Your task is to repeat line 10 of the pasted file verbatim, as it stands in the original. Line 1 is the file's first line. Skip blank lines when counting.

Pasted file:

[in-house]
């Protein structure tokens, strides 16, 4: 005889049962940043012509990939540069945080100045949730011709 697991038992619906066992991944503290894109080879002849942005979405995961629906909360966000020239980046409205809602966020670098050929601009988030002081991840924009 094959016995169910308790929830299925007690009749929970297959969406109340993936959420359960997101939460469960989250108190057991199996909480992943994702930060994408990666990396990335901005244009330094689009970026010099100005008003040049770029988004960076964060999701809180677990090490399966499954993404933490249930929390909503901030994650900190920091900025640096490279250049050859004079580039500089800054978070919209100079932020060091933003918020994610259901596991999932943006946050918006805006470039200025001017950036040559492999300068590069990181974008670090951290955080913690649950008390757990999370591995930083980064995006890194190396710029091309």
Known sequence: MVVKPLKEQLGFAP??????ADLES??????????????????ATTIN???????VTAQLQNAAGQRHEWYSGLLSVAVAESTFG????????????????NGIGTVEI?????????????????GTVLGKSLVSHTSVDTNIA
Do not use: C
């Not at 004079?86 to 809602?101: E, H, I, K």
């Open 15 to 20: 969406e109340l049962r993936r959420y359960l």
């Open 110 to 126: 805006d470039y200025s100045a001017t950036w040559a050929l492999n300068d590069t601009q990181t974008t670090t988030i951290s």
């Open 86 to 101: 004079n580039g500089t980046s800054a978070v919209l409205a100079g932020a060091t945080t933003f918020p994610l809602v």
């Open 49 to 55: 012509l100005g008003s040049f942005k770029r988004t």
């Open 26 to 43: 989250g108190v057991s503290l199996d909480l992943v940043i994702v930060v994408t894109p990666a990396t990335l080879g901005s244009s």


């Open 26 to 43: 989250g108190v057991s503290l199996d909480l992943v940043i994702v930060v994408t894109p990666a990396t990335l080879g901005s244009s």